Clindamycin phosphate was not genotoxic in the human lymphocyte chromosome aberration assay. Benzoyl peroxide has been found to cause DNA strand breaks in a variety of mammalian cell types, to be mutagenic in S. typhimurium tests by some but not all investigators, and to cause sister chromatid exchanges in Chinese hamster ovary cells.
Fertility studies have not been performed with ACANYA Gel or benzoyl peroxide, but fertility and mating ability have been studied with clindamycin. Fertility studies in rats treated orally with up to 300 mg/kg/day of clindamycin (approximately 120 times the MRHD for clindamycin, based on BSA comparisons) revealed no effects on fertility or mating ability.
Use In Specific Populations
There are no available data on ACANYA Gel use in pregnant women to evaluate a drug-associated risk of major birth defects, miscarriage, or adverse maternal or fetal outcomes. The limited published data on use of clindamycin in pregnant women with exposure during the first trimester are insufficient to inform a drug-associated risk of pregnancy-related adverse outcomes (see Data). In limited published clinical trials with pregnant women, the systemic administration of clindamycin during the second and third trimesters has not been associated with an increased frequency of major birth defects.
In animal reproduction studies, clindamycin did not cause malformations or embryo-fetal development toxicity in pregnant rats and mice when administered during the period of organogenesis at systemic doses up to 240 times the maximum recommended human dose (MRHD) of 2.5 g ACANYA Gel, based on body surface area (BSA) comparisons (see Data).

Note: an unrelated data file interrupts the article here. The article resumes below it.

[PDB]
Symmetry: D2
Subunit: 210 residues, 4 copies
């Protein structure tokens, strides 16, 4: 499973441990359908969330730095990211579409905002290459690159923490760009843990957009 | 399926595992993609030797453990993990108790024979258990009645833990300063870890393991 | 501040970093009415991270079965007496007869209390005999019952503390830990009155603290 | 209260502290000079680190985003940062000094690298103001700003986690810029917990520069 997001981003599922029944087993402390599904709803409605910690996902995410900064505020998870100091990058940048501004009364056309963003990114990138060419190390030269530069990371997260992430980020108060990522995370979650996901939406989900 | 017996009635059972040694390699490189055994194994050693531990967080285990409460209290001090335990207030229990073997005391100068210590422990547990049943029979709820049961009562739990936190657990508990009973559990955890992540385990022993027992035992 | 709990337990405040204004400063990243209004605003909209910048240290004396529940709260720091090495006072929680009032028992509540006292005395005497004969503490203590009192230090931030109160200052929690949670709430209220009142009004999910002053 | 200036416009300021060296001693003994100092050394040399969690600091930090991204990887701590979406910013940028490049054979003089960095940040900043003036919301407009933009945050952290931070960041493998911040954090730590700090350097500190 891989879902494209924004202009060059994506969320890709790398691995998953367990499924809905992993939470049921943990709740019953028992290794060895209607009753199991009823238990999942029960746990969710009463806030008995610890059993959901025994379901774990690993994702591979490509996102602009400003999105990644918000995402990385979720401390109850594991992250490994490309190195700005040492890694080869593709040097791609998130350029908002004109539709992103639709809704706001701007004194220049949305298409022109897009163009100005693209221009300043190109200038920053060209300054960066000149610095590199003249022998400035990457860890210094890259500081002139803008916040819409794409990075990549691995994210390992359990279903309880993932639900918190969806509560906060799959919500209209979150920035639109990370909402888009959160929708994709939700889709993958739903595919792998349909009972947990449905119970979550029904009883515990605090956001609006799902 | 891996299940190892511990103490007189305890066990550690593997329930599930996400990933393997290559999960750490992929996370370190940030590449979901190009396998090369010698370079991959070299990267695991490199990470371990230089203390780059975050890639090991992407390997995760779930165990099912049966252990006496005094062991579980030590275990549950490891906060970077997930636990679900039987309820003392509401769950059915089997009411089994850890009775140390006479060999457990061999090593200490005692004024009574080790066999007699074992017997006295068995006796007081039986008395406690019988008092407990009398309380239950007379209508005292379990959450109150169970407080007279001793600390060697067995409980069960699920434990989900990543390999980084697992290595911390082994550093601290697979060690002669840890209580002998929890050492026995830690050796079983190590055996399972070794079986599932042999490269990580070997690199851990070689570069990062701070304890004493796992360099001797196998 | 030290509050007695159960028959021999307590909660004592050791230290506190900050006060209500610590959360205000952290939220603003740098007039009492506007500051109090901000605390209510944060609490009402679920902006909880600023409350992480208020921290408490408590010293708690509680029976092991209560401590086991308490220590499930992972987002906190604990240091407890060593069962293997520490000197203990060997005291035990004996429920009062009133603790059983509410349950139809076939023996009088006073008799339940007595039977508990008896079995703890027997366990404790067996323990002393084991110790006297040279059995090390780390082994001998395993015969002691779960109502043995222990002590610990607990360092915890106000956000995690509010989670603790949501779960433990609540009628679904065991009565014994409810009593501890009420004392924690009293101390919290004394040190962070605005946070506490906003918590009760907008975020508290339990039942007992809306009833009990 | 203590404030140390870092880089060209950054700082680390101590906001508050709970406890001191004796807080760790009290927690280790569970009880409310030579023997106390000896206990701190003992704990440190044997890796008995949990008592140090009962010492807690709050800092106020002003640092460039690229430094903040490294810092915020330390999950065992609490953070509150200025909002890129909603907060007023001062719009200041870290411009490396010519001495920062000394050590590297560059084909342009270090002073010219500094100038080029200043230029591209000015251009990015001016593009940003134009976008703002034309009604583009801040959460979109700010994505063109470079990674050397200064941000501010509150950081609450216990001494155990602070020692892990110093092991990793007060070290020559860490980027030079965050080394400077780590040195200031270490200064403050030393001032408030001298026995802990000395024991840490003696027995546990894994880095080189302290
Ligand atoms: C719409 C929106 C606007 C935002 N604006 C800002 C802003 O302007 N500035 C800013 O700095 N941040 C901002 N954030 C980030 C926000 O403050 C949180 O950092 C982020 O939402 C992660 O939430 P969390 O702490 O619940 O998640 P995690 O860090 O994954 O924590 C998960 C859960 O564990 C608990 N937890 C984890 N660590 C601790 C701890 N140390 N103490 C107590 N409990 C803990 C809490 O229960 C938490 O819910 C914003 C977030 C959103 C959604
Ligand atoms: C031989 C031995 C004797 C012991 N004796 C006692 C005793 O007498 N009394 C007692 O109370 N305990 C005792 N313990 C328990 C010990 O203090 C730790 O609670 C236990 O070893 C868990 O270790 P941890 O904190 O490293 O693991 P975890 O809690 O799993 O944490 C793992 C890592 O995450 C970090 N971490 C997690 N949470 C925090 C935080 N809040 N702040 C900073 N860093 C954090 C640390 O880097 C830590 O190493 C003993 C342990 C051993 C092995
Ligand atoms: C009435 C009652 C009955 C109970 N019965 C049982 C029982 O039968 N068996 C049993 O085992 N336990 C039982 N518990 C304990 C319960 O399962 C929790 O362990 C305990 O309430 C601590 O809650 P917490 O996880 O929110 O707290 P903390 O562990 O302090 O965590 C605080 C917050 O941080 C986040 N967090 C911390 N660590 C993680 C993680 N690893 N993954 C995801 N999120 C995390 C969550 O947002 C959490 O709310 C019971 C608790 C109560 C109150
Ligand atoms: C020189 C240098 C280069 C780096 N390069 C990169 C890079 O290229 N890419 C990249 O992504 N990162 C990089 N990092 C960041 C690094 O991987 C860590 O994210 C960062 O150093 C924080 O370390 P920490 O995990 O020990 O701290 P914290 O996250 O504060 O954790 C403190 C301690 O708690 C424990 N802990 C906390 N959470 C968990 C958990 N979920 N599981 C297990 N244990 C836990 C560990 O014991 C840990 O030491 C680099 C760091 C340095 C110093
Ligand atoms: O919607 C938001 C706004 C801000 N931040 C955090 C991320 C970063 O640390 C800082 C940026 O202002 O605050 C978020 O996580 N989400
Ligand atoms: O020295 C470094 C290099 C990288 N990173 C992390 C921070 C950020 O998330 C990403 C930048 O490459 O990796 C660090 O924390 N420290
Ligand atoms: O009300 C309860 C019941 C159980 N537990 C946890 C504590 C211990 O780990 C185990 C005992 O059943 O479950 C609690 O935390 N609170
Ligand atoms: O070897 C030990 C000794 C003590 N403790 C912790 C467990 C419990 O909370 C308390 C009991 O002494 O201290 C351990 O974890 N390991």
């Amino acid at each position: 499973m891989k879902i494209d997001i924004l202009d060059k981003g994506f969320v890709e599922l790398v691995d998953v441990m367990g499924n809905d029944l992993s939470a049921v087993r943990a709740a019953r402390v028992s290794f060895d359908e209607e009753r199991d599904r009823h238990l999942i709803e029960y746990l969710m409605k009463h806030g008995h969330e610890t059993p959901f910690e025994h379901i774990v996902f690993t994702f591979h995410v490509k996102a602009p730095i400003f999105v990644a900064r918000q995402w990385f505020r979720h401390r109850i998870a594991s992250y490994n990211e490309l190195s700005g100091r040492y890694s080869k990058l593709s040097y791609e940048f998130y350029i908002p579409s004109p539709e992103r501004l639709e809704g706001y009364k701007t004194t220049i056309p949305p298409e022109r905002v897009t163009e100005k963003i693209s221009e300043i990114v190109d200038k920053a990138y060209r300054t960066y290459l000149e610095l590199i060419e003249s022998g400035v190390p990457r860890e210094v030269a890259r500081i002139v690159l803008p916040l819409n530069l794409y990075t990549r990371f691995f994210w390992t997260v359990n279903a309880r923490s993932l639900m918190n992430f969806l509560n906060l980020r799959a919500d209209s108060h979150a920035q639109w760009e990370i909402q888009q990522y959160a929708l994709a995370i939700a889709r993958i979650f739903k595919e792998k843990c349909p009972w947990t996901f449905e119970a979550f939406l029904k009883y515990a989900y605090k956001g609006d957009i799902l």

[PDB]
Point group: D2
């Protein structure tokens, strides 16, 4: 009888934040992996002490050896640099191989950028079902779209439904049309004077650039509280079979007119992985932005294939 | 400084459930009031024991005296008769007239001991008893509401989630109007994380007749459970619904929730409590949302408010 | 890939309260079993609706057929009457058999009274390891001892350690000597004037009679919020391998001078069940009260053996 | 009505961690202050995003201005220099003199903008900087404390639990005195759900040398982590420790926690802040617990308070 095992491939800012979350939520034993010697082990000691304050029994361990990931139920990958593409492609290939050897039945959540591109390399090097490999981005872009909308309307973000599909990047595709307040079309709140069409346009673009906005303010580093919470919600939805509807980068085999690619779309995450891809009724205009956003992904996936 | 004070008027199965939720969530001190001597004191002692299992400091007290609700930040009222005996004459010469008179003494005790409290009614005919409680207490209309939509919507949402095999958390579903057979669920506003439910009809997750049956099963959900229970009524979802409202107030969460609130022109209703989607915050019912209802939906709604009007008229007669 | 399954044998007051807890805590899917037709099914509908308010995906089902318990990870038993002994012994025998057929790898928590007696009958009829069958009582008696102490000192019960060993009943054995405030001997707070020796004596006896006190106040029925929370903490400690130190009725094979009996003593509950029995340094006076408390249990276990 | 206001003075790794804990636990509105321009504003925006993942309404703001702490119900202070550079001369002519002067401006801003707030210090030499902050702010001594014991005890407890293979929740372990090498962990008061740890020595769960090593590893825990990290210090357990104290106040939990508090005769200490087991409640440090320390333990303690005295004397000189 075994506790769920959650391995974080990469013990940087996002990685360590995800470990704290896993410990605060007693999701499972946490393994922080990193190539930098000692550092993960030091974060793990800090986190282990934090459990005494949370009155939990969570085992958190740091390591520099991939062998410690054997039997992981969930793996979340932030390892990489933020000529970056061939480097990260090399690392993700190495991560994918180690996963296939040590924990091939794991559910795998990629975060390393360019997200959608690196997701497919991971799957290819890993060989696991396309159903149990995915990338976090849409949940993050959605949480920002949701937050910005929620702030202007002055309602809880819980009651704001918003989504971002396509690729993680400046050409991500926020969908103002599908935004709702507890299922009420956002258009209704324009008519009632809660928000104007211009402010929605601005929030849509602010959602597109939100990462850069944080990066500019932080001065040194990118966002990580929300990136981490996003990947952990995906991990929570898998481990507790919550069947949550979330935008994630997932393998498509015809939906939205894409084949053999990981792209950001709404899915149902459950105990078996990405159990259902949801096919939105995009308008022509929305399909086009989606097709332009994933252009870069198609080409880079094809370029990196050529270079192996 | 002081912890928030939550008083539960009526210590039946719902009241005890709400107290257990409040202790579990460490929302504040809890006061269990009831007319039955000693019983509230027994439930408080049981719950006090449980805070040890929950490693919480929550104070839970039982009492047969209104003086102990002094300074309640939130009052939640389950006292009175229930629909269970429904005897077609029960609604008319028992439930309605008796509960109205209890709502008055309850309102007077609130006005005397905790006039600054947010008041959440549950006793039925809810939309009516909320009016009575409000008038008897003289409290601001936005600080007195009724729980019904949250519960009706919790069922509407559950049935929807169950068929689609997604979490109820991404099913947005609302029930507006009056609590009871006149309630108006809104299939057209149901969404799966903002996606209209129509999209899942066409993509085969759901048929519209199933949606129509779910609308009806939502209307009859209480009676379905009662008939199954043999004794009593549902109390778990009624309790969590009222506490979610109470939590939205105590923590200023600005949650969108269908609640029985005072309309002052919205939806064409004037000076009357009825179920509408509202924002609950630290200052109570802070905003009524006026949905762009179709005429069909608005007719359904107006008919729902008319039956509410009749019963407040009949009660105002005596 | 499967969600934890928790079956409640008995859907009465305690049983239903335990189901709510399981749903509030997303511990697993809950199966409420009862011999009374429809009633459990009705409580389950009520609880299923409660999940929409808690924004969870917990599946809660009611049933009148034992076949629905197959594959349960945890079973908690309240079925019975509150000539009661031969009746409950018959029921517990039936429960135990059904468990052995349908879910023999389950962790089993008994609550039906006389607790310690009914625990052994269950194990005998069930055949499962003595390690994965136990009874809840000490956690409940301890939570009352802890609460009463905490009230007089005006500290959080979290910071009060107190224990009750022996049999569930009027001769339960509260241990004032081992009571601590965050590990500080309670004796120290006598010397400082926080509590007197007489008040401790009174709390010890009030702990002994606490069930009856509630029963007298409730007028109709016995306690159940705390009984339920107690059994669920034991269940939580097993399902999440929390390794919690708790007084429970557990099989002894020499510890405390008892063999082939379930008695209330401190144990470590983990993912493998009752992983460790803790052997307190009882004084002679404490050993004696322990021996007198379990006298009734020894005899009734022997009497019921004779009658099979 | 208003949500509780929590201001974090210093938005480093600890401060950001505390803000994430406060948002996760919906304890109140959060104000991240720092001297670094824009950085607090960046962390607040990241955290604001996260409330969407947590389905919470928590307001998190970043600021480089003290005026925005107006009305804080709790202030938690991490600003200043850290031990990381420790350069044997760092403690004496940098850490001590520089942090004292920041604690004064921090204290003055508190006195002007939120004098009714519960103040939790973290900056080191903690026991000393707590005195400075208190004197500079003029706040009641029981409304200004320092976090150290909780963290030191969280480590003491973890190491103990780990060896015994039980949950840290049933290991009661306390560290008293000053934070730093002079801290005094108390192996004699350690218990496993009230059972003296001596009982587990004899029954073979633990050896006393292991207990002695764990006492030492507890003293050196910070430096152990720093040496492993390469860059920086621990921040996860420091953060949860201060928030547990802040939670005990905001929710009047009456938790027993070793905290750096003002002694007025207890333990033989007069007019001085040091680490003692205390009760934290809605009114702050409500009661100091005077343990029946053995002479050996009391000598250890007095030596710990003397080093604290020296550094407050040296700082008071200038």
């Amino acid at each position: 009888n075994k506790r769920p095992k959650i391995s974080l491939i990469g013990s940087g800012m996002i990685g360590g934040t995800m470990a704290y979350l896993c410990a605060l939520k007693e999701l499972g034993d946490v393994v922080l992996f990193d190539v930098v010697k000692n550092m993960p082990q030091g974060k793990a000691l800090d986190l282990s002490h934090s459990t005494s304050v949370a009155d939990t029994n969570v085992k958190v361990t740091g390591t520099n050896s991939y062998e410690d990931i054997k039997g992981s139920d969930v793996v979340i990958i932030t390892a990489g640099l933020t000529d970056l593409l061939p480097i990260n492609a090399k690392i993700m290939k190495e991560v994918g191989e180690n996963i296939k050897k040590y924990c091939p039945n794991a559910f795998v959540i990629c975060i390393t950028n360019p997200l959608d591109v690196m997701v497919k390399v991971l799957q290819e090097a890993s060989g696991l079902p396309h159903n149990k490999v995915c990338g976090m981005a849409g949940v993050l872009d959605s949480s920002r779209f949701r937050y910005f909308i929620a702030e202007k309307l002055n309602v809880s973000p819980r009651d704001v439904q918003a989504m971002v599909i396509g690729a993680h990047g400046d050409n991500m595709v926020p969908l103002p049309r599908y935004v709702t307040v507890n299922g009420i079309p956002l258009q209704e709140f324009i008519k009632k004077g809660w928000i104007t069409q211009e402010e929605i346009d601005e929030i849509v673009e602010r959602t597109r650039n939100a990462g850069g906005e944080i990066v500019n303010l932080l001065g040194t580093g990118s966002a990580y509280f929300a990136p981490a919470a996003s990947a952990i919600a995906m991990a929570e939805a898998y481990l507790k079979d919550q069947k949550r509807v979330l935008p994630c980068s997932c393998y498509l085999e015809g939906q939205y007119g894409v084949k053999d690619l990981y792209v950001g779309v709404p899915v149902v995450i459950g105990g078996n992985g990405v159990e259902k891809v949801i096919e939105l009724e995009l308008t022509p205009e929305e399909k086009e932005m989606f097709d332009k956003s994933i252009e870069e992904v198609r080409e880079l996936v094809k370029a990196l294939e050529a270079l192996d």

The estimated background risk of major birth defects and miscarriage for the indicated population is unknown. All pregnancies have a background risk of major birth defects, loss, and other adverse outcomes. In the U.S. general population, the estimated background risk of major birth defects and miscarriage in clinically recognized pregnancies is 24% and 15-20%, respectively.
In limited published trials in pregnant women administered clindamycin during the first trimester of pregnancy, there was no difference in the rate of major birth defects reported among in utero exposed infants compared to unexposed infants. These data cannot definitely establish or exclude any clindamycin-associated risk during pregnancy.
Animal reproductive/developmental toxicity studies have not been conducted with ACANYA Gel or benzoyl peroxide. Developmental toxicity studies of clindamycin performed in pregnant rats and mice administered during the period of organogenesis at oral doses of up to 600 mg/kg/day (240 and 120 times the MRHD for, respectively, based on BSA comparisons) or subcutaneous doses of up to 200 mg/kg/day (80 and 40 times the MRHD for clindamycin, respectively, based on BSA comparisons) revealed no malformations or embryo-fetal development toxicity.
There are no data on the presence of clindamycin or benzoyl peroxide in human milk, the effects on the breastfed child, or the effects on milk production following topical administration. However, clindamycin has been reported to be present in breast milk in small amounts following oral and parenteral administration. The developmental and health benefits of breastfeeding should be considered along with the motherâ€™s clinical need for ACANYA Gel and any potential adverse effects on the breastfed child from ACANYA Gel or from the underlying maternal condition.
If used during lactation and ACANYA Gel is applied to the chest, care should be taken to avoid accidental ingestion by the infant.
Safety and effectiveness of ACANYA Gel in pediatric patients under the age of 12 have not been evaluated.
Clinical trials of ACANYA Gel did not include sufficient numbers of subjects aged 65 and older to determine whether they respond differently from younger subjects.